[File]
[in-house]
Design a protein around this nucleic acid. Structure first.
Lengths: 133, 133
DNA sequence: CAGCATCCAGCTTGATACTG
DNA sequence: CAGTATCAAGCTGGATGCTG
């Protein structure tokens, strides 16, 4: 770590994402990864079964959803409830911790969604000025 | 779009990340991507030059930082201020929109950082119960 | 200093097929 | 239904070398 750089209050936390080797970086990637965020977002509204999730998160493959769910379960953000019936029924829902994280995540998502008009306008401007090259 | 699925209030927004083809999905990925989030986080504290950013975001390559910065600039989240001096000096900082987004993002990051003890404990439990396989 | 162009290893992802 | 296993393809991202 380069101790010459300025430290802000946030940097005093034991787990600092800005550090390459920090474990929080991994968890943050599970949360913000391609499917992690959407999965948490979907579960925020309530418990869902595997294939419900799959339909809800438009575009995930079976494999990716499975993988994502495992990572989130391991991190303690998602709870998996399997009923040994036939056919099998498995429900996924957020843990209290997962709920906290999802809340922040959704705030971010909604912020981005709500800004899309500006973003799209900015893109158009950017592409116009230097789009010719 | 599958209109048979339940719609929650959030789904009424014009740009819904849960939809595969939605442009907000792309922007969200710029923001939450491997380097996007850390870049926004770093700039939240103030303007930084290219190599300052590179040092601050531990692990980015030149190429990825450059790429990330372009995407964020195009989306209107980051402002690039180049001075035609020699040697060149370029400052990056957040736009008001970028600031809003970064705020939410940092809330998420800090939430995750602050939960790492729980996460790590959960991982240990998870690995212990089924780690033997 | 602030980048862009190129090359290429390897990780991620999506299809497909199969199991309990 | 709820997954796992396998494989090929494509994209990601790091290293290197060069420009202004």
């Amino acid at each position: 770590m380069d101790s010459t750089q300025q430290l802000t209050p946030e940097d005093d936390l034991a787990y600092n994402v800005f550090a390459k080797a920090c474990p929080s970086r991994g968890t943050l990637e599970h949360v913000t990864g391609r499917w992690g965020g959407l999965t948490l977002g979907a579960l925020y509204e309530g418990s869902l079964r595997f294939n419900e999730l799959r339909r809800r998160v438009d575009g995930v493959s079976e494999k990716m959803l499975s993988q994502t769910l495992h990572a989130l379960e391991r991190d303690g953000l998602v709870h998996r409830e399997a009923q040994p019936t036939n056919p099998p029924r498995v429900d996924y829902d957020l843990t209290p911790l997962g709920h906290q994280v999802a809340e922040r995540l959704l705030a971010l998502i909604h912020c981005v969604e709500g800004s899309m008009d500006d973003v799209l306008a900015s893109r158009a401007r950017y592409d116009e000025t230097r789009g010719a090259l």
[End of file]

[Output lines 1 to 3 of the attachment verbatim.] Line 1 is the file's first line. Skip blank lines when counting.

[in-house]
Design a protein around this nucleic acid. Structure first.
Lengths: 133, 133